State development program aims to revitalize Pittsfield's Morningside neighborhood
PITTSFIELD - City officials are hopeful selection of the Morningside neighborhood for a state development program will lead to economic and social revival.
It was announced on Monday that 10 Gateway Cities in the state would receive planning and implementation assistance to advance development proposals for their districts under MassDevelopment's Transformative Development Initiative. In Pittsfield's case, the overall goal for the Morningside area and Tyler Street is to spark the types of public and private investment that transformed North and South streets over the past decade.
"This is very exciting stuff," said Mayor Daniel L. Bianchi. "It was a very competitive process."
All 26 Massachusetts Gateway Cities had applied in the initial round of the TDI program.
Beginning early in 2015, Bianchi said, the assistance "will allow us to put together some detailed plans for the area."
The mayor and Community Development Director Douglas Clark said the fact the Morningside district is bordered on one end by the Berkshire Medical Center complex and on the other by the William Stanley Business Park, where the Berkshire Innovation Center is planned, likely was a factor in its selection by MassDevelopment.
"The potential for development there is significant," Bianchi said.
He added that the Morningside Neighborhood Initiative and the Tyler Street Business Group, along with "two very active city councilors" in Ward 1 Councilor Lisa Tully and Ward 2 Councilor Kevin Morandi, illustrated the necessary commitment of local community and government officials.
Clark said the program initially will provide assistance in the form of a MassDevelopment fellow, to be assigned to the city, who will work with city officials, the business group, the Morningside community organization and other interest parties in identifying and fleshing out possible areas for development or civic improvements.
Citing North Street's transformation, Clark said state- and city-funded Streetscape improvements and the cooperative public/private investment in theaters, housing or other development are examples of the types of initiatives that will be considered for Tyler Street.
Areas of likely interest, he said, include the old Morningside Firehouse building, the former St. Mary the Morning Star Church and vacant lots or currently vacant commercial buildings along Tyler Street.
Streetscape improvements, including street work, sidewalks, utilities and street lighting, also will be considered. In addition to obtaining detailed information on the various development proposals that emerge, Clark said the city hopes to identify the assistance programs or funding it can provide for property owners and others planning for reuse of buildings or lots.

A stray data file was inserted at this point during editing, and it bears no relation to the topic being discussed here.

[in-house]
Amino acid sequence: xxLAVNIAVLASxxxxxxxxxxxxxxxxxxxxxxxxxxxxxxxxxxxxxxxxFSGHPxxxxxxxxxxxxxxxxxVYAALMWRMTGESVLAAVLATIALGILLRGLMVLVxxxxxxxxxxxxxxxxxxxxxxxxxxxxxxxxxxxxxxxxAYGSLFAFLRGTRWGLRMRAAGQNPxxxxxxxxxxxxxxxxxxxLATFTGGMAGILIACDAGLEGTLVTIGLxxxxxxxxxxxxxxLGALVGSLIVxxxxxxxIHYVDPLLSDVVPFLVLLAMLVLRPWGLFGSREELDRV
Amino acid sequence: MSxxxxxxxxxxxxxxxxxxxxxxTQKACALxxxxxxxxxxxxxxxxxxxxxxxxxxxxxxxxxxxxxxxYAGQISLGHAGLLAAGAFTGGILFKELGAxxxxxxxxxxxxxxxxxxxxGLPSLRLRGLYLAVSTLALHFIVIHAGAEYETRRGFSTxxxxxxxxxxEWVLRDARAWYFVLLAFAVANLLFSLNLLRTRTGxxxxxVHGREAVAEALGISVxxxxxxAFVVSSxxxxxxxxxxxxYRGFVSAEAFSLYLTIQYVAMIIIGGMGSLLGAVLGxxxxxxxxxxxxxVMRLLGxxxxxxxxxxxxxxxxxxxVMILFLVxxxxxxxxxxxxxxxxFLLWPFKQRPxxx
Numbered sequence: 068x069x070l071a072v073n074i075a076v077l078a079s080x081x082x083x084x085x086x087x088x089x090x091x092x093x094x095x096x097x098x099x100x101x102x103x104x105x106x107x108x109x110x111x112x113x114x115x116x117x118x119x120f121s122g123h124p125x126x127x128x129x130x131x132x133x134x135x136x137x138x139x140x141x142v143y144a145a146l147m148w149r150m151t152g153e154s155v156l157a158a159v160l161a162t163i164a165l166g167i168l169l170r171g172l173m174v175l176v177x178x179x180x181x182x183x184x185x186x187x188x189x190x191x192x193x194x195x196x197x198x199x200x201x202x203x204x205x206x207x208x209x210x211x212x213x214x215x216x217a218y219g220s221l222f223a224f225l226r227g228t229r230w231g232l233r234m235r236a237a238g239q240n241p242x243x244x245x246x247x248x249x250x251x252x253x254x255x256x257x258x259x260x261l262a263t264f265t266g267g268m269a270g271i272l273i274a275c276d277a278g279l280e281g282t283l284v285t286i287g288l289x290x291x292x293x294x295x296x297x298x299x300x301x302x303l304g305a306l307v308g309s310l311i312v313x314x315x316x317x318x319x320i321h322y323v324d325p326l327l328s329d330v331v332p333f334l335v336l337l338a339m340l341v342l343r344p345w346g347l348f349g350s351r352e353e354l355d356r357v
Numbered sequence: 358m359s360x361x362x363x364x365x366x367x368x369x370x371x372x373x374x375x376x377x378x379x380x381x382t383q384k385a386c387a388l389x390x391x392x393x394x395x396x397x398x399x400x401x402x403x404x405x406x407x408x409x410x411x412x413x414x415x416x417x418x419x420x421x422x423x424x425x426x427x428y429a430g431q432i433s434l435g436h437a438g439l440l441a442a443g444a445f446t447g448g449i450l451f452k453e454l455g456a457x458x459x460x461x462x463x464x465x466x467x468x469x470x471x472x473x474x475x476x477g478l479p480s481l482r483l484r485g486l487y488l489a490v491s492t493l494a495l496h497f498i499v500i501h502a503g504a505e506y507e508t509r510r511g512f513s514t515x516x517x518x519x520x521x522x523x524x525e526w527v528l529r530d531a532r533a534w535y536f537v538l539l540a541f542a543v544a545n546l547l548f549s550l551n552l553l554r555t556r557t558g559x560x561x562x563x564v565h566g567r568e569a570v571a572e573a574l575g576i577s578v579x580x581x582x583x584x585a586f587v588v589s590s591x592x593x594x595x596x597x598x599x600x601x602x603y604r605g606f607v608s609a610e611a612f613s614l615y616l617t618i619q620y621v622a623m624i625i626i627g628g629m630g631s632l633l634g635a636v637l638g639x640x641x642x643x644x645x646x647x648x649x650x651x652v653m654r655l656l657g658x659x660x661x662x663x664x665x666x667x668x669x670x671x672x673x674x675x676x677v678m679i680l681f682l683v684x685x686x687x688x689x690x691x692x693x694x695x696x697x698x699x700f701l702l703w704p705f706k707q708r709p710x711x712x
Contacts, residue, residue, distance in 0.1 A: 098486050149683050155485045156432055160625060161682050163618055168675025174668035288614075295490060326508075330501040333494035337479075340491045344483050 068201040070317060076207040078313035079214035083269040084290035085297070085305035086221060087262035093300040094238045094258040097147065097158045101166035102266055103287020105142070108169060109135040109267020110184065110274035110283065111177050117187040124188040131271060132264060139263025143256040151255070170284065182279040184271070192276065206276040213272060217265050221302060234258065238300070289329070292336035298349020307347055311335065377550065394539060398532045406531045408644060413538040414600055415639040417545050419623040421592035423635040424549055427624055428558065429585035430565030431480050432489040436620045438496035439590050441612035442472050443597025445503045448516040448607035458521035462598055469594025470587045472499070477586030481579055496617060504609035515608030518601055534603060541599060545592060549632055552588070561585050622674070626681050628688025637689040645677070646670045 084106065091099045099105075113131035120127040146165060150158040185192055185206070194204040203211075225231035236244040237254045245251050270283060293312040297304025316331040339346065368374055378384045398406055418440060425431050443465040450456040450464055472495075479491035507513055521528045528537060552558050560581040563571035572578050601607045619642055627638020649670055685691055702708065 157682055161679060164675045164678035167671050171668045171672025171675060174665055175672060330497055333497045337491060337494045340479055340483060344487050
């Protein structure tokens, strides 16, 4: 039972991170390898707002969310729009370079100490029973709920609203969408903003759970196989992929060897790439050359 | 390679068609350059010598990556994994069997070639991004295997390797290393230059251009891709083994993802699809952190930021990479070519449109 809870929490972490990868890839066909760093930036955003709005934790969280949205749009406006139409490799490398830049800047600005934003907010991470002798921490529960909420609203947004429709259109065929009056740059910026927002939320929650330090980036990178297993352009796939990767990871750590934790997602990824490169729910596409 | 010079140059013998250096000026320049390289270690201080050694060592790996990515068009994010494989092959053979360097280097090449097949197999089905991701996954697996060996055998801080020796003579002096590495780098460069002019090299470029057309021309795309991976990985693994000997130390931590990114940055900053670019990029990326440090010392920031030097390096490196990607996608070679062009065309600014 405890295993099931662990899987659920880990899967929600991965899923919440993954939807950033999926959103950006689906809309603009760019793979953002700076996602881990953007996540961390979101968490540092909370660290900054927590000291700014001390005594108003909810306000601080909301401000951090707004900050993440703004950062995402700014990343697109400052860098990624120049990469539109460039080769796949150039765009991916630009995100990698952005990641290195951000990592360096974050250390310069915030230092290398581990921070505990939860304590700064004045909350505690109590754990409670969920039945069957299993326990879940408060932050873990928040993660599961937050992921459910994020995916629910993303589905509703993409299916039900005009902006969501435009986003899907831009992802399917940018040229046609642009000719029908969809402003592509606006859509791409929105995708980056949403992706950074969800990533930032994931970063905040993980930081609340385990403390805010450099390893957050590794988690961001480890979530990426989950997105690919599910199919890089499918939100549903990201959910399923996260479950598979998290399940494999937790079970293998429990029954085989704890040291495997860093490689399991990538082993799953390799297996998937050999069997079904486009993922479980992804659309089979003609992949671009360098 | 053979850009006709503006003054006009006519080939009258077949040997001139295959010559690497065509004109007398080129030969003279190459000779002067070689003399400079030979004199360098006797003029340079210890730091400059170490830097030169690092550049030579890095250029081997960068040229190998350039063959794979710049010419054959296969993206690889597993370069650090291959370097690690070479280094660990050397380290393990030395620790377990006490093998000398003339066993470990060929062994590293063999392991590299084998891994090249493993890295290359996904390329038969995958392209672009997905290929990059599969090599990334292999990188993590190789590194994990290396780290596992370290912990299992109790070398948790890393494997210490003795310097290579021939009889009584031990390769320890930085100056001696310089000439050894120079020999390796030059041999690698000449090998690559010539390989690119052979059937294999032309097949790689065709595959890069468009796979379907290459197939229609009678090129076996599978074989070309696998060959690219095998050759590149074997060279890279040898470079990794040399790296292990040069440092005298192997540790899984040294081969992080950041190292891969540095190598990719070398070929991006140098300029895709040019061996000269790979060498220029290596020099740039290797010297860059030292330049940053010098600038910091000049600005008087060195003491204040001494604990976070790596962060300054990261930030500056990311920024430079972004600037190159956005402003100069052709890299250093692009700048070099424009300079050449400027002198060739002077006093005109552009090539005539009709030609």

"I think this is great," said Morandi. "I am very thankful the city was chosen. It is a great opportunity ... I am anxious to get going."
"Oh, my god; that's fantastic," said Diane Marcella, president of the Tyler Street Business Group. "We are ecstatic."
She said the program should enhance and expand upon a number of initiatives begun in recent years by the community and business groups and the city.
Tully said of the news, "This is just a great thing for the city; I am really looking forward to it."
She added, "My hat's off to Doug Clark for putting in the application for it."
"MassDevelopment is thrilled with the redevelopment potential of the inaugural districts that will receive assistance through the Transformative Development Initiative," said MassDevelopment President and CEO Marty Jones in a release.
The nine other city applications chosen were from Brockton, Haverhill, Holyoke, Lynn, New Bedford, Peabody, Revere, Springfield and Worcester.
"The Morningside neighborhood of Pittsfield has all the potential to be a vibrant, thriving community," said state Sen. Ben Downing, D-Pittsfield, the Senate chairman of the Gateway Cities legislative caucus. "I am confident that this announcement is the first step in making this a reality."
The program considered the quality of the submission, the vision for the district, the district type (downtown, residential, and industrial), geographic distribution, and the opportunity for program impact in the early years of the program.
The members of a TDI District review committee included partners from diverse geographies and backgrounds that had either knowledge of the Gateway Cities, or experience in district redevelopment in environments similar to those cities.
The review committee provided a recommendation to the MassDevelopment board of directors, which approved the districts at its Dec. 11 meeting.
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